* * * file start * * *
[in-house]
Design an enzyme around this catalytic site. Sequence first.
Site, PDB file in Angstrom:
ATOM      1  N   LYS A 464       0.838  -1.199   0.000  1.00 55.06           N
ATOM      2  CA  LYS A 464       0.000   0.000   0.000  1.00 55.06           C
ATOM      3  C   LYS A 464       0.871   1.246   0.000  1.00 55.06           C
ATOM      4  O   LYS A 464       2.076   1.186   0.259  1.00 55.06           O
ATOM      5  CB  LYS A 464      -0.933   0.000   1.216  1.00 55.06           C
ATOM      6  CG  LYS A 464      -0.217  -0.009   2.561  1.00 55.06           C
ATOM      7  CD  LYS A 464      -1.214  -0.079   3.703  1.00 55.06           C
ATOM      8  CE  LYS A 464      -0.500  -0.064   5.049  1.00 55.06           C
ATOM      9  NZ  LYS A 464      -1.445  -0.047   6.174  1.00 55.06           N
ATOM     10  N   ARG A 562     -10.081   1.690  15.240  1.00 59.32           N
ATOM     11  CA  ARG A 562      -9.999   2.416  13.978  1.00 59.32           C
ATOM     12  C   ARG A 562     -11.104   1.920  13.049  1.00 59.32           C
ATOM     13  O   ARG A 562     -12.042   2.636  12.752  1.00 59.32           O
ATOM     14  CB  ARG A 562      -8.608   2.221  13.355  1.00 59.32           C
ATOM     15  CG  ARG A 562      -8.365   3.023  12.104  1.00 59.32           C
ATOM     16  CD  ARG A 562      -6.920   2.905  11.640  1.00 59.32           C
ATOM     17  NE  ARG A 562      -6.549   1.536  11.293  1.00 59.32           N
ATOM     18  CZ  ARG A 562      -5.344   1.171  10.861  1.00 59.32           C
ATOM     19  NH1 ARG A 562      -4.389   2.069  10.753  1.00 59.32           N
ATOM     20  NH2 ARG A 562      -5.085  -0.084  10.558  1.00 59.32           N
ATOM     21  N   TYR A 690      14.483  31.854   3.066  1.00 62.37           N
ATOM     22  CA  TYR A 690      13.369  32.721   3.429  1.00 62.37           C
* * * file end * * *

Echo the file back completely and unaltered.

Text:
[in-house]
Design an enzyme around this catalytic site. Sequence first.
Site, PDB file in Angstrom:
ATOM      1  N   LYS A 464       0.838  -1.199   0.000  1.00 55.06           N
ATOM      2  CA  LYS A 464       0.000   0.000   0.000  1.00 55.06           C
ATOM      3  C   LYS A 464       0.871   1.246   0.000  1.00 55.06           C
ATOM      4  O   LYS A 464       2.076   1.186   0.259  1.00 55.06           O
ATOM      5  CB  LYS A 464      -0.933   0.000   1.216  1.00 55.06           C
ATOM      6  CG  LYS A 464      -0.217  -0.009   2.561  1.00 55.06           C
ATOM      7  CD  LYS A 464      -1.214  -0.079   3.703  1.00 55.06           C
ATOM      8  CE  LYS A 464      -0.500  -0.064   5.049  1.00 55.06           C
ATOM      9  NZ  LYS A 464      -1.445  -0.047   6.174  1.00 55.06           N
ATOM     10  N   ARG A 562     -10.081   1.690  15.240  1.00 59.32           N
ATOM     11  CA  ARG A 562      -9.999   2.416  13.978  1.00 59.32           C
ATOM     12  C   ARG A 562     -11.104   1.920  13.049  1.00 59.32           C
ATOM     13  O   ARG A 562     -12.042   2.636  12.752  1.00 59.32           O
ATOM     14  CB  ARG A 562      -8.608   2.221  13.355  1.00 59.32           C
ATOM     15  CG  ARG A 562      -8.365   3.023  12.104  1.00 59.32           C
ATOM     16  CD  ARG A 562      -6.920   2.905  11.640  1.00 59.32           C
ATOM     17  NE  ARG A 562      -6.549   1.536  11.293  1.00 59.32           N
ATOM     18  CZ  ARG A 562      -5.344   1.171  10.861  1.00 59.32           C
ATOM     19  NH1 ARG A 562      -4.389   2.069  10.753  1.00 59.32           N
ATOM     20  NH2 ARG A 562      -5.085  -0.084  10.558  1.00 59.32           N
ATOM     21  N   TYR A 690      14.483  31.854   3.066  1.00 62.37           N
ATOM     22  CA  TYR A 690      13.369  32.721   3.429  1.00 62.37           C